1. Clear and succinct. Glad there is a sensible pro-vaccination article on the web in contrast to the non-evidence based arguments that are frequently posted by others. Danielle

  2. Any thoughts of the increase in Shingles among the adult population and the chicken pox vaccination? Shingles used to be known as an “old person’s” disease, but I know so many people in their thirty’s that are getting it.

    • JC, Interesting question. Here is what I can tell you:
      -Per the CDC there are about 1 million cases of shingles per year. About half of these cases occur in adults older than 60, but shingles can occur even in children. I cannot find any evidence to support your thought that there is a true overall “increase” in the incidence of Shingles in the adult population in the US over the past decade. I would be surprised if this were the case, given that adults over 60 are now being immunized against shingles, and the vaccine has been shown to be effective in preventing disease.
      -It is true that both wild-type varicella and live-attenuated (i.e. vaccine) form varicella can later reactivate to cause zoster/shingles. There is one large study that I could find of young adults who were vaccinated with varicella vaccine as children, and then followed to see if they developed shingles. They found that the overall incidence of shingles in this vaccinated cohort is quite low, and is similar to published data for the pre-vaccine era. Hope this helps.

  3. I am trying to raise awareness, following the death of my daughter, Elana. She was a healthy 3 year old not immuno compromised in any way.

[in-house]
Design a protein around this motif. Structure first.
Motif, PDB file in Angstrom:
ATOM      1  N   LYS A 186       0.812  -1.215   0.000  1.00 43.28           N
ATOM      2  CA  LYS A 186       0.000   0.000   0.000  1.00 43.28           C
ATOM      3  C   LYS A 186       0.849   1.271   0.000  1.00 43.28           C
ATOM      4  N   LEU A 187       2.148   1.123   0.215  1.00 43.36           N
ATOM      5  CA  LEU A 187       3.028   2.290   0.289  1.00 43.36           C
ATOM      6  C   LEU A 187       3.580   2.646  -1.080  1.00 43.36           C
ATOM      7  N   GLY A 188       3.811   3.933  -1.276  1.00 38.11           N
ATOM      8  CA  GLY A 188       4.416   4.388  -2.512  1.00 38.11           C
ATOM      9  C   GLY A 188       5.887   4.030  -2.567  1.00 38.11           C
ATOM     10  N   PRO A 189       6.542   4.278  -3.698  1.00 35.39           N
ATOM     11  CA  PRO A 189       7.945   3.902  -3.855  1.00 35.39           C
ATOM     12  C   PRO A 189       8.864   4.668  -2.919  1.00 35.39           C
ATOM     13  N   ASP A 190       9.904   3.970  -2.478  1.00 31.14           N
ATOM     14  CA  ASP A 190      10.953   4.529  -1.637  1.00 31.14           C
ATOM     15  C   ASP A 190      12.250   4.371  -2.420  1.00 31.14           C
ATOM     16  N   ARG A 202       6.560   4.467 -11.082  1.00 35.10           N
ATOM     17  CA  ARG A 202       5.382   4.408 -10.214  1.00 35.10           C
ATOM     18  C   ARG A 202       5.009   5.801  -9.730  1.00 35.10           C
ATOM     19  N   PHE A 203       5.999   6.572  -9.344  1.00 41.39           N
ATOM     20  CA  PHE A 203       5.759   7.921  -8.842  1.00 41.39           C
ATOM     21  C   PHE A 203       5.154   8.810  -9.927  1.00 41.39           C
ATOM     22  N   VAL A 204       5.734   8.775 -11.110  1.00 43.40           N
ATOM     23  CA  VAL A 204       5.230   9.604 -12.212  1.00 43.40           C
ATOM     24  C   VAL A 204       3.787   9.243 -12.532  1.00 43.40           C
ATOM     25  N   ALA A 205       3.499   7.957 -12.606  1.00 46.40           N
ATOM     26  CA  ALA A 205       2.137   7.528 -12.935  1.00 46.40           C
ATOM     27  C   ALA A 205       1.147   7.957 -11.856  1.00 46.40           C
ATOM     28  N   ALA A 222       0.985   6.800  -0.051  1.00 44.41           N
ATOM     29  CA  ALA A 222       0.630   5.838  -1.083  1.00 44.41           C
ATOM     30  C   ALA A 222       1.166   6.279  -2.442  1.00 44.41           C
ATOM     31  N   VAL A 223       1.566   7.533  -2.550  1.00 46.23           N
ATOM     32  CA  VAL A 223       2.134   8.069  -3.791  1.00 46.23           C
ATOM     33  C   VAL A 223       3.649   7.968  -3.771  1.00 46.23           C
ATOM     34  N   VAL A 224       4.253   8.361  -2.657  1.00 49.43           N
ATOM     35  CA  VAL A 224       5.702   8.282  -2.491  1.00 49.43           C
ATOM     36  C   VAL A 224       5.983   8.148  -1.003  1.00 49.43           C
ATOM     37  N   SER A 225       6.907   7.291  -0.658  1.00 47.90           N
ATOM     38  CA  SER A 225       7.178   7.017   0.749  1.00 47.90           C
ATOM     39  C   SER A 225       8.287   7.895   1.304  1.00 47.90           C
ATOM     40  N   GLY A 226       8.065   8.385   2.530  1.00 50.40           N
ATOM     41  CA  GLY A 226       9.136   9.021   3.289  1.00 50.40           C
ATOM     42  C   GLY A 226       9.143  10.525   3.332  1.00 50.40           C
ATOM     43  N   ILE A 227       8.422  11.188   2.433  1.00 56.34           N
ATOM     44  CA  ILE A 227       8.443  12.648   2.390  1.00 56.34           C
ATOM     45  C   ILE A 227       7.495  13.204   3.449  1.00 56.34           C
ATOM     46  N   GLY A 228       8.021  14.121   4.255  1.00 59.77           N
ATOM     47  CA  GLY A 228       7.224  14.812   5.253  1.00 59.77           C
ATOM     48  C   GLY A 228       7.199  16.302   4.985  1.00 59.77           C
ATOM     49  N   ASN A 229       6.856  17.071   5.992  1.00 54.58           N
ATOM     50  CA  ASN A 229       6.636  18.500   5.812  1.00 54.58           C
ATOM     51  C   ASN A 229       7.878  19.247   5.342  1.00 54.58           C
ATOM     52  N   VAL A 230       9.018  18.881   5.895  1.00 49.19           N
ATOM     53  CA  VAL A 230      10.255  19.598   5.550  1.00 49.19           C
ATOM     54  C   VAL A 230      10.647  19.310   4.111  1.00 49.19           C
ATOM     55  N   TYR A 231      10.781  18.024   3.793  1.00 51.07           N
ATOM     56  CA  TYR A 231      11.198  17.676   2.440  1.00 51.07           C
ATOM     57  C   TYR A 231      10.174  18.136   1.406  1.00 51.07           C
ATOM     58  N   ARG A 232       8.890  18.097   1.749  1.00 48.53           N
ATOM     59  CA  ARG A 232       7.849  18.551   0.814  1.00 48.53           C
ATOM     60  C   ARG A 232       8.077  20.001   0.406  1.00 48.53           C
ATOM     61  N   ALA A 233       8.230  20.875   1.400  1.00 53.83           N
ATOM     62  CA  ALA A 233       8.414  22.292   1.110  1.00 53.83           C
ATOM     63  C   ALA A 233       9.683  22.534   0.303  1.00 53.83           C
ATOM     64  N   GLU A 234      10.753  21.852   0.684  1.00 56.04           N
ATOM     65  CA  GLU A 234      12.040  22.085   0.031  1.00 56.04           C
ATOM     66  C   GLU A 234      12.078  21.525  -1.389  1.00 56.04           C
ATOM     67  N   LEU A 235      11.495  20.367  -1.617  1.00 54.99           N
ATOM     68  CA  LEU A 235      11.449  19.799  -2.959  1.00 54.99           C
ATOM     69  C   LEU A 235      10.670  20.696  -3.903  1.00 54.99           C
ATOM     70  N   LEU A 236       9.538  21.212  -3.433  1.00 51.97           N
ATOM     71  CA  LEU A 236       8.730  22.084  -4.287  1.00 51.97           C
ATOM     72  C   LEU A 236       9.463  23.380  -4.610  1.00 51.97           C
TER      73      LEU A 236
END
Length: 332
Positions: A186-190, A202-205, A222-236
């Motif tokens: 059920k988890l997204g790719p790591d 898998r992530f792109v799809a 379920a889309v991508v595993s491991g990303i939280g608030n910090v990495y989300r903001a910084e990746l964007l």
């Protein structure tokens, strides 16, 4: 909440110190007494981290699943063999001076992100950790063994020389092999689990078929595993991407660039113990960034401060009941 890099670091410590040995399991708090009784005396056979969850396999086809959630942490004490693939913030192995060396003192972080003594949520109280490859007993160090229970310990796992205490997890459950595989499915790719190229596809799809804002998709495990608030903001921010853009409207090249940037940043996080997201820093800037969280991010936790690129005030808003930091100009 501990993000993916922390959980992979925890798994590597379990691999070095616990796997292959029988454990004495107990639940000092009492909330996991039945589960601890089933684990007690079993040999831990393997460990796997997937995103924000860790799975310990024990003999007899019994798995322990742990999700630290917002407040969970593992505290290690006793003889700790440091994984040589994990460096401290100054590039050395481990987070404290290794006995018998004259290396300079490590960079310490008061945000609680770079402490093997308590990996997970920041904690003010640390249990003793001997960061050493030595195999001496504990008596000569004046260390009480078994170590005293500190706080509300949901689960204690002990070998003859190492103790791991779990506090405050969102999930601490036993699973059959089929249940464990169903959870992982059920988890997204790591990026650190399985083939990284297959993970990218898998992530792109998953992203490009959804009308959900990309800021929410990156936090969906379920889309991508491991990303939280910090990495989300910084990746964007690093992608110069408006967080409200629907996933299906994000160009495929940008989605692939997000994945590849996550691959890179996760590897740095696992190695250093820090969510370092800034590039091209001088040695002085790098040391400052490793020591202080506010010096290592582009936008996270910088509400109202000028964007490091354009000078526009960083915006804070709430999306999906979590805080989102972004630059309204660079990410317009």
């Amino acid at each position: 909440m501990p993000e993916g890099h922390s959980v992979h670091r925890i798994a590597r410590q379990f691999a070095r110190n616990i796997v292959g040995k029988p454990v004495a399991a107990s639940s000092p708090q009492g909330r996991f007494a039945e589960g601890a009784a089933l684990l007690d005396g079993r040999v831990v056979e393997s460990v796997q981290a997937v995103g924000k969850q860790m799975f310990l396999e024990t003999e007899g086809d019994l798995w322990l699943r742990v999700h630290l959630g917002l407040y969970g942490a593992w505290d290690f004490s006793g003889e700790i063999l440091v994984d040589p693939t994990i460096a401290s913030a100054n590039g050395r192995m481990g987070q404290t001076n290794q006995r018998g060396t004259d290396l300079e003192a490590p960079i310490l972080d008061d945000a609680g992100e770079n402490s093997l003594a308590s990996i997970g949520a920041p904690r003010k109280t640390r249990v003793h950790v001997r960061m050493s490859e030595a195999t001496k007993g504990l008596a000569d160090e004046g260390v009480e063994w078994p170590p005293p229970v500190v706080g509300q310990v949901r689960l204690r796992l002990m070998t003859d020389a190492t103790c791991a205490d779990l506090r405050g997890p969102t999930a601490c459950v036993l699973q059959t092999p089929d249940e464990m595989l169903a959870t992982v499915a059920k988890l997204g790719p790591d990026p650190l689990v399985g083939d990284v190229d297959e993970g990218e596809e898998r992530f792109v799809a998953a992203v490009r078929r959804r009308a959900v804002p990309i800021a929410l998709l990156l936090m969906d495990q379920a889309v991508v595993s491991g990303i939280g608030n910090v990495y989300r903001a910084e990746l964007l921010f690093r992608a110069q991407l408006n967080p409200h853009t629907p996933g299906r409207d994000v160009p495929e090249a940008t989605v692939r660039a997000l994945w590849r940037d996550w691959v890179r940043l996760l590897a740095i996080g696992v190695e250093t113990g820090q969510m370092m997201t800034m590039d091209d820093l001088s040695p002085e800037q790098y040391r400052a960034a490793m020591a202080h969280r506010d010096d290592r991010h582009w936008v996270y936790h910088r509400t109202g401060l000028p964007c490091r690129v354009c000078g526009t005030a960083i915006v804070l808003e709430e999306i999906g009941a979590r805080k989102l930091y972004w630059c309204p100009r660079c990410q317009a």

If the UK government/health professionals gave parents this type of information we could opt for a private vaccine, as it is still not available on the NHS (why???). At a cost of approx £100 my daughter would still be alive today. How can parents make an informed choice about their child’s health if we are denied the information?
    Thank you
    Angie

    See YouTube – Elana Bunce-Mason for my daughters story.

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  5. my sons both received the vaccine at 12 months and the booster at 18months. One son, got a mild version of the pox last year. This is very common – kids who are vaccined, getting a mild version. While it was not as bad as a full version of course – it concerns me about the potency of the vaccine. Will they get a full-blown version by age 30?

    Do you have any thoughts on this? And medical research on this aspect of it? The vaccine is only 10 years old so do we know enough to be hanging our hats it as a 100% effective vaccine throughout a person’s life?
    thank you.

    • Hi Rachel, Good questions! We know that for varicella, like many other immunizations, our protective immunity tends to wane over time. This means that our body “forgets” a bit about varicella and needs a reminder in the form of a booster shot. In addition, as mentioned in the post, some people require two doses to build up good immunity in the first place. The AAP recommends the first dose of varicella at 12 months and the second dose is typically given between 4-5 years of age. Studies in the US have shown protection for at least 8 years. Other studies in Japan showed protection up to 20 years. It is, however, a relatively newer vaccine and there will be on-going research to determine whether further “boosters” are needed (as is done with other immunizations like pertussis). I would say that, based on the available evidence thus far, a person who has received the vaccine and appropriate booster is much less likely to get the full blown version of varicella than someone who has not.